If you are Scottish and you own a holiday home in the EU, you should take specialist advice on your will.

Scots law determines to whom that house passes on your death. Scots law then, in turn, applies the law of the country in which the home is located.

Many EU countries have rules which, for example, prevent you leaving the whole of that property to your spouse.

The EU has a regulation which says that if a home is in the EU then the law of the owner's habitual residence, or the law of their nationality if that is elected by the owner in their will, decides.

Scots law can therefore apply, and that law does not have any rules about to whom homes can be left, and you can leave them to whomever you like.

A Scottish will is needed for Scottish clients, but in addition some EU states prefer to also see a will written there to cover assets in that country for ease of administration there after a death.

If you have a holiday home in Europe (or elsewhere outside Scotland) you should take advice on what the position would be on your death and have your will drafted accordingly.

UK tax

Personal taxation in the UK is linked to where a person lives and works. Brexit will affect individuals' rights to move permanently to the UK. A decision to move can affect a person's domicile status and in turn their personal taxation. If you become UK domiciled then your worldwide income, worldwide gains and your worldwide estate on death would be subject to the UK tax net. You should also consider what implications there may be in your country of origin and the taxes applied there if you become UK domiciled.

Relief from UK inheritance tax on the value of agricultural property currently extends to properties situated in the EEA. Hold over relief from capital gains tax is also allowed on agricultural property in the EEA. This was to secure compatibility with EU rules on free movement. The extension of these reliefs may change after Brexit and affect your plans for succession to that property.

UK tax reliefs on a gift to charity in lifetime or on death can extend to charities situated in the EEA. Again, this was to secure compatibility with EU rules on free movement. If you are minded to make a gift then you should do so now while the relief is secure.

If you are a citizen of the EEA but not a UK resident and receive UK income then you currently have a UK income tax personal allowance. Again, it is there to secure compatibility with EU rules on free movement and may change.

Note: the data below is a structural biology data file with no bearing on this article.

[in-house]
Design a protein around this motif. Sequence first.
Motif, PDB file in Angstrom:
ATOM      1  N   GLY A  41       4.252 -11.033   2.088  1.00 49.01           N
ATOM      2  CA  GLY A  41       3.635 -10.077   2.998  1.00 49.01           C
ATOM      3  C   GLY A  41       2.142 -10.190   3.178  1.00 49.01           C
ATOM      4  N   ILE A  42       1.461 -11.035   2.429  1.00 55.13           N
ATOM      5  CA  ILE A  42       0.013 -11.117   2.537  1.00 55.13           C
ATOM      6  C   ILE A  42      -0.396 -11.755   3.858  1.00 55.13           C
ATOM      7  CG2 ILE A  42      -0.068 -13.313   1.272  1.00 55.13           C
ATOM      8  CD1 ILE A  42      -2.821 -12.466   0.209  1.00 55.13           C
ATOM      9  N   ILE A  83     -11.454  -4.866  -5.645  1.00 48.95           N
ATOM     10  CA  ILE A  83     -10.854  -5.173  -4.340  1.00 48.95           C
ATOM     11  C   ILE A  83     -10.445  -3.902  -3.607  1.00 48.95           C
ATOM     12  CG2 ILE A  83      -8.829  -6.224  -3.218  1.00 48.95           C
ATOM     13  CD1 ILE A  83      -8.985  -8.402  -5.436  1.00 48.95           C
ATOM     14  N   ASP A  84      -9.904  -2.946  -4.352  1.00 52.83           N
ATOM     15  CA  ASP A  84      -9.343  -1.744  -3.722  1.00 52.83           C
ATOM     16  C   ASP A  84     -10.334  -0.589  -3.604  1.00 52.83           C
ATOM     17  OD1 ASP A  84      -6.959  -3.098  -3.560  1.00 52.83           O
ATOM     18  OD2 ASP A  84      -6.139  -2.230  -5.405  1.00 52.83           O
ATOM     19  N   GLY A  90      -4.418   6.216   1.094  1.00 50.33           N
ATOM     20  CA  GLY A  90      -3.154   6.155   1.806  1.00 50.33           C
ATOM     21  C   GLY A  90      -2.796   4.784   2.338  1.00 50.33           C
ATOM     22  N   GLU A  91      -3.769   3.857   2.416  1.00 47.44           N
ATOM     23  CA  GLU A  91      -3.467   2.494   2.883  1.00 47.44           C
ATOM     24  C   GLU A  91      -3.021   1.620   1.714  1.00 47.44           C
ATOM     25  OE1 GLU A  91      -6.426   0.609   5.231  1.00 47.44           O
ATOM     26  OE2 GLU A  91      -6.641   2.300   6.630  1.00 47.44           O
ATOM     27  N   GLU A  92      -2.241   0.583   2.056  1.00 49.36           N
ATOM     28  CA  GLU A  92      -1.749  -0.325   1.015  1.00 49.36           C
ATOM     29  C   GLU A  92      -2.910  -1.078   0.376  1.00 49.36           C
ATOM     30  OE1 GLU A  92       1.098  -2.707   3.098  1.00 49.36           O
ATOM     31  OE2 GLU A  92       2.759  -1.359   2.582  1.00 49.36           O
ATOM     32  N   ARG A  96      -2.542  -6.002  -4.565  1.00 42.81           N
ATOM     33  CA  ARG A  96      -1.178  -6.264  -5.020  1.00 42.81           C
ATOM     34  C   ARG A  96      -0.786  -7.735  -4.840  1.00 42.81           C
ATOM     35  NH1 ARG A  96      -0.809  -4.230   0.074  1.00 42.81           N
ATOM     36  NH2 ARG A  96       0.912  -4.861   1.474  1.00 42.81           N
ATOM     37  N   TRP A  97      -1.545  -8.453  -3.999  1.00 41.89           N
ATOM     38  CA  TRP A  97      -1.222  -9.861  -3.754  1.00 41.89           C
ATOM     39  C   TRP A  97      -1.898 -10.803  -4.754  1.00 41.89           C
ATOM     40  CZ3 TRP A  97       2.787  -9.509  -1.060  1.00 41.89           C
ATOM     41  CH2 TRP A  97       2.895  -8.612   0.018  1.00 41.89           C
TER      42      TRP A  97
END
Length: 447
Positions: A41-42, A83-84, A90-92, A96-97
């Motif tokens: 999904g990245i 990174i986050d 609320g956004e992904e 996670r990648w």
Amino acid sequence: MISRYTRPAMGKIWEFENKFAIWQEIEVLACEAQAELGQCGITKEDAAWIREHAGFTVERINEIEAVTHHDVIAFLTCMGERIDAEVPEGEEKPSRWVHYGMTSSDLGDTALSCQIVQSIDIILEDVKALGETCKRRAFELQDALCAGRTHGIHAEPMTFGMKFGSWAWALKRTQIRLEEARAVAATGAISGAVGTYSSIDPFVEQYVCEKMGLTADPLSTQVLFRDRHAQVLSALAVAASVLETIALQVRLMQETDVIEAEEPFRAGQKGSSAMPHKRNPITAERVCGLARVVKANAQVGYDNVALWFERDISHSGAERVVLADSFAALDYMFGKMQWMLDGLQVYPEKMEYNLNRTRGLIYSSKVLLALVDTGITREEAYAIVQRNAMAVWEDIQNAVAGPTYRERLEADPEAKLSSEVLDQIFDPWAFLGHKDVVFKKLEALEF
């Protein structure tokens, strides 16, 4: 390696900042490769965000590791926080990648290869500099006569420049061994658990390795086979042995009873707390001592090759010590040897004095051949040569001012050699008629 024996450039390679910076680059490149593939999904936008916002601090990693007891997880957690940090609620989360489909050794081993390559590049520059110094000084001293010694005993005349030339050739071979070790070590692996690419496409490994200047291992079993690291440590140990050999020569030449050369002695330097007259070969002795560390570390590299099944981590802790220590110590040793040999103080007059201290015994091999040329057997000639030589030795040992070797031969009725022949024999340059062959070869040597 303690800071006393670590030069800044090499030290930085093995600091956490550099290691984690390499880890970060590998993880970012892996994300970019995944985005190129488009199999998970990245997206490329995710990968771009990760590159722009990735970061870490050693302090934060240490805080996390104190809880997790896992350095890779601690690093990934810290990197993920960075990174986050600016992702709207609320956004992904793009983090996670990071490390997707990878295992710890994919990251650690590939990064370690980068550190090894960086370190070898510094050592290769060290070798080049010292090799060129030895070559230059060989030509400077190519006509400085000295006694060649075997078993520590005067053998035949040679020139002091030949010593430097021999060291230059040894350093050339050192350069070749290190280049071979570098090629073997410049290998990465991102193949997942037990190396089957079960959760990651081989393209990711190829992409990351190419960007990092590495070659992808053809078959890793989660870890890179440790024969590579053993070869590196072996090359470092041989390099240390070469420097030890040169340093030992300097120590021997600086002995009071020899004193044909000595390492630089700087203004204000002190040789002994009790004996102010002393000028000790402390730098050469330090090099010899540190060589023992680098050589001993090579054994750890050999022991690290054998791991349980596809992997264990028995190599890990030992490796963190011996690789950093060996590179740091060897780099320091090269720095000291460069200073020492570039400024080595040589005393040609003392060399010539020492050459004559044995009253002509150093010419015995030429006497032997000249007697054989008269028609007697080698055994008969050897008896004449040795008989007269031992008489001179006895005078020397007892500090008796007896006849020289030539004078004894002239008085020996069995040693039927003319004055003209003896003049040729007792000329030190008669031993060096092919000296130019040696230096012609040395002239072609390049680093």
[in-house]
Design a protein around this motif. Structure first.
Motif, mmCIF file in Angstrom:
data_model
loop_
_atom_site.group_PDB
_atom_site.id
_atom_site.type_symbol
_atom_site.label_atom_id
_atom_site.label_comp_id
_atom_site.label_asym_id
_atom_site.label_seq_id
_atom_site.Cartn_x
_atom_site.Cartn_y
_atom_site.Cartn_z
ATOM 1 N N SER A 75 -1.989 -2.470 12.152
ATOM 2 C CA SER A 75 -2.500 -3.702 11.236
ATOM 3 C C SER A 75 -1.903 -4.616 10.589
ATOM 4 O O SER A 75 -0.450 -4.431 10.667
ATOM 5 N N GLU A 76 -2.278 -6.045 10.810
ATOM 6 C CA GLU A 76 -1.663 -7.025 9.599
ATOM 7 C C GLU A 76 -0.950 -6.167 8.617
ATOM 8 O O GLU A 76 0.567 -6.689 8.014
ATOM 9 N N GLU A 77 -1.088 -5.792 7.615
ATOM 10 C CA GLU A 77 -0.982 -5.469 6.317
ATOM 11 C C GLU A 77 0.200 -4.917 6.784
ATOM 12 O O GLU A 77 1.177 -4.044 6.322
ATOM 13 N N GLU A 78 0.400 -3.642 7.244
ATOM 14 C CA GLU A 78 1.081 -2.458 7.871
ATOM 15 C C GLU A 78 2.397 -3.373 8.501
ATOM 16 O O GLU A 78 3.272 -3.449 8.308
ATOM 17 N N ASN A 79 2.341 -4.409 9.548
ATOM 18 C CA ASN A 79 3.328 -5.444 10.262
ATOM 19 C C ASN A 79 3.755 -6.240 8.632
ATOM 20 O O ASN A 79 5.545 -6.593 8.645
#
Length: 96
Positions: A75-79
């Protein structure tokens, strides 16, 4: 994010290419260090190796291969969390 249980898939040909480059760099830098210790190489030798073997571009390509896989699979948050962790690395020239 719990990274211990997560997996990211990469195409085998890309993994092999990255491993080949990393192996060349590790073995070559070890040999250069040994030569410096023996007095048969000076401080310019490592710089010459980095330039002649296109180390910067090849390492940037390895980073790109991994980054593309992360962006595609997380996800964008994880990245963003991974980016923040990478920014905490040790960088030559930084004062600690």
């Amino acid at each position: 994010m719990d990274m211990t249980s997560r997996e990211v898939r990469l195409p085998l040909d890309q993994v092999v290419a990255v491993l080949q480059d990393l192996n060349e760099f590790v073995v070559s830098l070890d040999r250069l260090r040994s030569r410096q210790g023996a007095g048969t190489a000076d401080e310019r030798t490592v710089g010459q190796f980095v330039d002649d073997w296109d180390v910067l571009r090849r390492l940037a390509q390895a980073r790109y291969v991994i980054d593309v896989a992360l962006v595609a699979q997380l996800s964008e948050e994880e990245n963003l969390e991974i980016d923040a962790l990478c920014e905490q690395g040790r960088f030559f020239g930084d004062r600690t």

Family trusts

Trusts are invaluable vehicles for passing wealth on to the family. The assets held in a family trust do not belong to any family member and therefore are protected from claims by their spouses, partners, and creditors. Trusts do not have to publish annual returns which are publicly available, as companies do.

There have been changes made by EU cooperation on tax transparency. This means that trusts now have to register with HMRC the personal details of the person who funded the trust, the trustees and beneficiaries. The range of trusts which require to register with HMRC is to be further expanded in 2022. Trusts also have to declare to HMRC annually the details of any person connected with the trust who has a non-UK connection. This information is not available to the public. These obligations to report to HMRC, coupled with rules on data protection, mean that a beneficiary of a trust has to provide the information required by the tax authorities.

Although tax transparency is the result of EU cooperation, the UK has been in favour of this so it is not going to disappear after Brexit.

Trusts still remain a preferred vehicle for many families in passing on and holding wealth.


Brexit brings scope for changes that may impact individuals and their personal taxation and succession. Considered advice will be required. If you have any questions, please get in touch with your usual Brodies contact, or one of the individuals below.


Leigh Gould